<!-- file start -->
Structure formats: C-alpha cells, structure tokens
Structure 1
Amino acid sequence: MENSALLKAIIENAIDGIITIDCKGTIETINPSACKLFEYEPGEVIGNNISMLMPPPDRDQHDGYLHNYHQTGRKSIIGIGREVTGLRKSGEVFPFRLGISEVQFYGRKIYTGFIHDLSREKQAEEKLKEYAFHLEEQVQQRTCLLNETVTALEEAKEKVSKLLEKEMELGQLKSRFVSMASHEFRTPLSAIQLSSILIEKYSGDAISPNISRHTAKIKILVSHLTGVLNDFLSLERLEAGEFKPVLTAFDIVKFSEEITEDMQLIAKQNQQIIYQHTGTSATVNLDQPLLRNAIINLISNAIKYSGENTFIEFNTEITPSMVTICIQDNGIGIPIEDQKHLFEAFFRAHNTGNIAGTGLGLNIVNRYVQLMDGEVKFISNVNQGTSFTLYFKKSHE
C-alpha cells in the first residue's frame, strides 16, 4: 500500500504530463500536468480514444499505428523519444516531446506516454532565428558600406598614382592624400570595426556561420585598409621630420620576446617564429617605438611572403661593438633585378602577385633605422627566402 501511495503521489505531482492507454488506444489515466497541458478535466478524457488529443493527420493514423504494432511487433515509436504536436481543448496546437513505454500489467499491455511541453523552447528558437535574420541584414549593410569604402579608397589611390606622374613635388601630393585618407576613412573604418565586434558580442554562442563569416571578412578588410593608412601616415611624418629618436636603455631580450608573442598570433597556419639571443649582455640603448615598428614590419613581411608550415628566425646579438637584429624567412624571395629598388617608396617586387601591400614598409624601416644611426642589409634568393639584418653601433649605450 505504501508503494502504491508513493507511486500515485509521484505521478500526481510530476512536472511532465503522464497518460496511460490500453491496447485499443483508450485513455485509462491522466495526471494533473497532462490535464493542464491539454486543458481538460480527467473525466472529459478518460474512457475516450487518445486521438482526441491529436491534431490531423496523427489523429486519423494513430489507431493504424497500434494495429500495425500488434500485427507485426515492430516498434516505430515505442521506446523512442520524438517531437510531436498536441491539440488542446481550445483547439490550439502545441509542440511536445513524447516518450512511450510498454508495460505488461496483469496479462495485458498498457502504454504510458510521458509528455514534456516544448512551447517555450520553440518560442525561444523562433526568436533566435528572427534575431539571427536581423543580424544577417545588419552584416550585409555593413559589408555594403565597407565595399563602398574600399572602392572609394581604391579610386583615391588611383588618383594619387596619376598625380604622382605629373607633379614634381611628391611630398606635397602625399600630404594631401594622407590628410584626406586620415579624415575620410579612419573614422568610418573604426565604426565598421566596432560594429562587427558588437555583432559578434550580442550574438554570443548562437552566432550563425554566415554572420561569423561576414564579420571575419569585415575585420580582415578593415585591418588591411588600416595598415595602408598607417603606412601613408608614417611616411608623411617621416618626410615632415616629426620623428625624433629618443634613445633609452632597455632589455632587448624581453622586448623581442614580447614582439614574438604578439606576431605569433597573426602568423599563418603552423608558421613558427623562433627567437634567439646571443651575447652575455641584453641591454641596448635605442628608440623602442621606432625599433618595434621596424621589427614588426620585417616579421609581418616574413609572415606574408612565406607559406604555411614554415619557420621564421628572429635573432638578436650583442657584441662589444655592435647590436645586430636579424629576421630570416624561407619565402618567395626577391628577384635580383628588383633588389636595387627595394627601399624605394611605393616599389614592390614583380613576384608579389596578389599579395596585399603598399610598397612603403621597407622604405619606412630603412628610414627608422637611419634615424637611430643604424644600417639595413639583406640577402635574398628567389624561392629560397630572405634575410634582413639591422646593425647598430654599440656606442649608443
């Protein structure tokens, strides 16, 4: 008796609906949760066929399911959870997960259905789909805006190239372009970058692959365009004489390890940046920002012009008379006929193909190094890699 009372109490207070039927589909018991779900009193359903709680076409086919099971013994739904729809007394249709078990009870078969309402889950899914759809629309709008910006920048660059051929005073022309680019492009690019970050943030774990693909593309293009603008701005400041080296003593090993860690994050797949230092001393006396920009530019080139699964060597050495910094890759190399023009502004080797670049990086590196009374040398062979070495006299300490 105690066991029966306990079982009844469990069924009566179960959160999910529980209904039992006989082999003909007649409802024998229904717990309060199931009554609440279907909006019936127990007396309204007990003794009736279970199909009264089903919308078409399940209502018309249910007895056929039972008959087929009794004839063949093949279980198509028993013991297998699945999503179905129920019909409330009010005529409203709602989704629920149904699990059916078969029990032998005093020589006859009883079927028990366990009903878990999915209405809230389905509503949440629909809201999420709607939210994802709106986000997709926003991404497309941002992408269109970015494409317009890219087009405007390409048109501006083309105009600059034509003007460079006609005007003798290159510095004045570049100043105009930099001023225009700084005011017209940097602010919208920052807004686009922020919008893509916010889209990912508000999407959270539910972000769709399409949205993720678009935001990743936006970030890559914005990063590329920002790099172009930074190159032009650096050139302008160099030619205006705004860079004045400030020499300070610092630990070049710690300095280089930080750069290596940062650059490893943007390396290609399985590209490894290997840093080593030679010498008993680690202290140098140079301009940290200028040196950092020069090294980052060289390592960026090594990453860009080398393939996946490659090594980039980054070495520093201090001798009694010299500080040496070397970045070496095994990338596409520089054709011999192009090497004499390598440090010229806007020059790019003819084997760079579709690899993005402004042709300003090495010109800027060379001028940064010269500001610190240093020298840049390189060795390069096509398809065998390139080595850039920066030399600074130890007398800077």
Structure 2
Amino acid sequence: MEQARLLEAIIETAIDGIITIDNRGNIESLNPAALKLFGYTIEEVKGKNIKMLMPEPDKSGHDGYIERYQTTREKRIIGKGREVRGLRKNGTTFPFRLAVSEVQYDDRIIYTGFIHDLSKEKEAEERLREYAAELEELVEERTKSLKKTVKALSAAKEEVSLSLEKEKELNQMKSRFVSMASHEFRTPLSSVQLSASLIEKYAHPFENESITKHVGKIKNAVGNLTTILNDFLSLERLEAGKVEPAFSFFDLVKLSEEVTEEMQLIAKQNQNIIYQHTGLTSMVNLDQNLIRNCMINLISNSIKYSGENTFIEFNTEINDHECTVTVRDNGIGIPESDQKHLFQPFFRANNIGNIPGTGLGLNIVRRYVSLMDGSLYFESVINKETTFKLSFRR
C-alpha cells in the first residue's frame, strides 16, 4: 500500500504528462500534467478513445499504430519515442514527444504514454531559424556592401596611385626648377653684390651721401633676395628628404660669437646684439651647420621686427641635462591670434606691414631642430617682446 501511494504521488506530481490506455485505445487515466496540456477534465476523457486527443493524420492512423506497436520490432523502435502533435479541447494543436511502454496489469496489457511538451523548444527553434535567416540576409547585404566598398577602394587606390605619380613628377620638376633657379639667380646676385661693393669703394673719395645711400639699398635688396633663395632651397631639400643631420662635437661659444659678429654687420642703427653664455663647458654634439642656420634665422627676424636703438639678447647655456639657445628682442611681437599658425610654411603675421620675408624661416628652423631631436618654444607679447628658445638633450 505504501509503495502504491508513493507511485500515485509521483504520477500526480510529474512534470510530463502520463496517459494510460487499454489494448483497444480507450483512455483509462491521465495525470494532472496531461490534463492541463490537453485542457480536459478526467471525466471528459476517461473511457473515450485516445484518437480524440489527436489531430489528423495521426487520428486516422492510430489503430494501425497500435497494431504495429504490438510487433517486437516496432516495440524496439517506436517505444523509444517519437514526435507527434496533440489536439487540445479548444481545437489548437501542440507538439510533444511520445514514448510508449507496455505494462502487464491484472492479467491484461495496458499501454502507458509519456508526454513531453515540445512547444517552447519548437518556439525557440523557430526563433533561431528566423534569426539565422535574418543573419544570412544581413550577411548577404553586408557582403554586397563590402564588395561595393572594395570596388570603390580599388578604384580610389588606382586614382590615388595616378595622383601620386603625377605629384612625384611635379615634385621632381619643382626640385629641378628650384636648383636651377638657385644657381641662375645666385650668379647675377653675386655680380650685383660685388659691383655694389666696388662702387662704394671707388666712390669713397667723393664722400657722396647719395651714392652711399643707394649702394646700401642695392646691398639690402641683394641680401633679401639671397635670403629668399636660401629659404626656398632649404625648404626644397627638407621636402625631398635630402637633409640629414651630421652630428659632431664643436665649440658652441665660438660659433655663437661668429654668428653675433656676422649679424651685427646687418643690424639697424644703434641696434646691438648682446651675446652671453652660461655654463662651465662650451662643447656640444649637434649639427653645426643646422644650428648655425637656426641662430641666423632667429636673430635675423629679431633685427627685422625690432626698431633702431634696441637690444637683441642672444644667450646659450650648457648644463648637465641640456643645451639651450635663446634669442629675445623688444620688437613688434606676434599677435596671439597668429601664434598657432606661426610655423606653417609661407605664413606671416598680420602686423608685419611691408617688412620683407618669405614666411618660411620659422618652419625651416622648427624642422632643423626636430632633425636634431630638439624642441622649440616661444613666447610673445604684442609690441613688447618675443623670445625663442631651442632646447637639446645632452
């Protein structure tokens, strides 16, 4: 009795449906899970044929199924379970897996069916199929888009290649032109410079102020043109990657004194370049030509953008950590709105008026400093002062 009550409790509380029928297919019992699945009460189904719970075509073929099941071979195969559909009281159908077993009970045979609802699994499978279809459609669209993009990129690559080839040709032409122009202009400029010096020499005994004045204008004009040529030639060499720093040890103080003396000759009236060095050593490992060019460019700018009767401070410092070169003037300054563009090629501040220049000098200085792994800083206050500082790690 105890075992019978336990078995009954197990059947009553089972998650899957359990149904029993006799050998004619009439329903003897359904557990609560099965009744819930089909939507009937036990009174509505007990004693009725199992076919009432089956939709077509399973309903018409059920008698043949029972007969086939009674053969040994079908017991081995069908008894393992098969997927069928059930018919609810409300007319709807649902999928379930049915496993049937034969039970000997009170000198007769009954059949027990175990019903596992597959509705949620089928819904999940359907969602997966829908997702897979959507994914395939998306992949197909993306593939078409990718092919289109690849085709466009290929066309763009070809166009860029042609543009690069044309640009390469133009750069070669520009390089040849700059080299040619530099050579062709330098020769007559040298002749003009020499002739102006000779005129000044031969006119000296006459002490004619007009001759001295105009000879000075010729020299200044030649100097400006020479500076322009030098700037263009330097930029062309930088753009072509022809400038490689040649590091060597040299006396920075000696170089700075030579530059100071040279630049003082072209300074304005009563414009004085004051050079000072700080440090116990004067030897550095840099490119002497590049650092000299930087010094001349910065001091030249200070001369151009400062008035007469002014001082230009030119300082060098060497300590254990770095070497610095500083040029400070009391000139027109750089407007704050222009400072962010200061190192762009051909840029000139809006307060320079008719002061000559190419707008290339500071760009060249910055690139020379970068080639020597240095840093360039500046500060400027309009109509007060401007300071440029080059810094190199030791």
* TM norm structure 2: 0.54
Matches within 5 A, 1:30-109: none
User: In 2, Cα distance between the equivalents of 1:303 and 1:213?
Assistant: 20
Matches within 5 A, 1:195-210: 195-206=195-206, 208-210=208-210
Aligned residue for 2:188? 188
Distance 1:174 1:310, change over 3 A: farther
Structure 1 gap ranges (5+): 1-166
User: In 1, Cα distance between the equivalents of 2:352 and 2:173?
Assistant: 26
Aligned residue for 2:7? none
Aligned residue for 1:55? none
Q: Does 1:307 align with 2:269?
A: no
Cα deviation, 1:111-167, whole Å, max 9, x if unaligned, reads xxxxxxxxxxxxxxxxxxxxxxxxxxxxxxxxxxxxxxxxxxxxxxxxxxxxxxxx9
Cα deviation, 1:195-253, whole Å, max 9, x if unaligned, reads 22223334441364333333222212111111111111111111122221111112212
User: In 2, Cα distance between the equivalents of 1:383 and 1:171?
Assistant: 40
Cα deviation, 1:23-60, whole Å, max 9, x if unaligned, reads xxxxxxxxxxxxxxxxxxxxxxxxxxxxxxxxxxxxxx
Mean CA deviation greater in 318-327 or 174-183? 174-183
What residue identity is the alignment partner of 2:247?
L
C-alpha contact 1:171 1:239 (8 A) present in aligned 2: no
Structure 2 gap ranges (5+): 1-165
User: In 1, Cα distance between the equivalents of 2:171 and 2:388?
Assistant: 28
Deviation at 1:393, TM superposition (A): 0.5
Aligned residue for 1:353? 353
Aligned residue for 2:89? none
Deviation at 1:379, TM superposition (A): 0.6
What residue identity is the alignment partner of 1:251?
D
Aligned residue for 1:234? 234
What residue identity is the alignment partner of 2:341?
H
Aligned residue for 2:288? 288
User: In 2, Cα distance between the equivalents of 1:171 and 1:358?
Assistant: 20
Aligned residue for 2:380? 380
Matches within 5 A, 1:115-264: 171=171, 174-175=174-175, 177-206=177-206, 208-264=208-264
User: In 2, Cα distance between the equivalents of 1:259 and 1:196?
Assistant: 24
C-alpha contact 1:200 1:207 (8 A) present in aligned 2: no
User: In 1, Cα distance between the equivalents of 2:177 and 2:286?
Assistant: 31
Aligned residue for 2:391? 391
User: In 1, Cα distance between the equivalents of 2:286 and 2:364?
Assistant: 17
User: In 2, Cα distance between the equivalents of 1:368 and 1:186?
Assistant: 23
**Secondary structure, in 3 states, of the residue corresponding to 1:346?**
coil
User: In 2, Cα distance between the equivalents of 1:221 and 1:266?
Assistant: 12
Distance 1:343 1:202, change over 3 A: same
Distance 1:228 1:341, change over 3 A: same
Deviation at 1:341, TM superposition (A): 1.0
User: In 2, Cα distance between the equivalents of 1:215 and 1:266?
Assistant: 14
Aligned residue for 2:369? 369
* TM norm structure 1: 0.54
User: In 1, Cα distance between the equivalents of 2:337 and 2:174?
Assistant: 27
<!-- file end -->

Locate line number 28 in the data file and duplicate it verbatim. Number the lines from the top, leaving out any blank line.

Cα deviation, 1:23-60, whole Å, max 9, x if unaligned, reads xxxxxxxxxxxxxxxxxxxxxxxxxxxxxxxxxxxxxx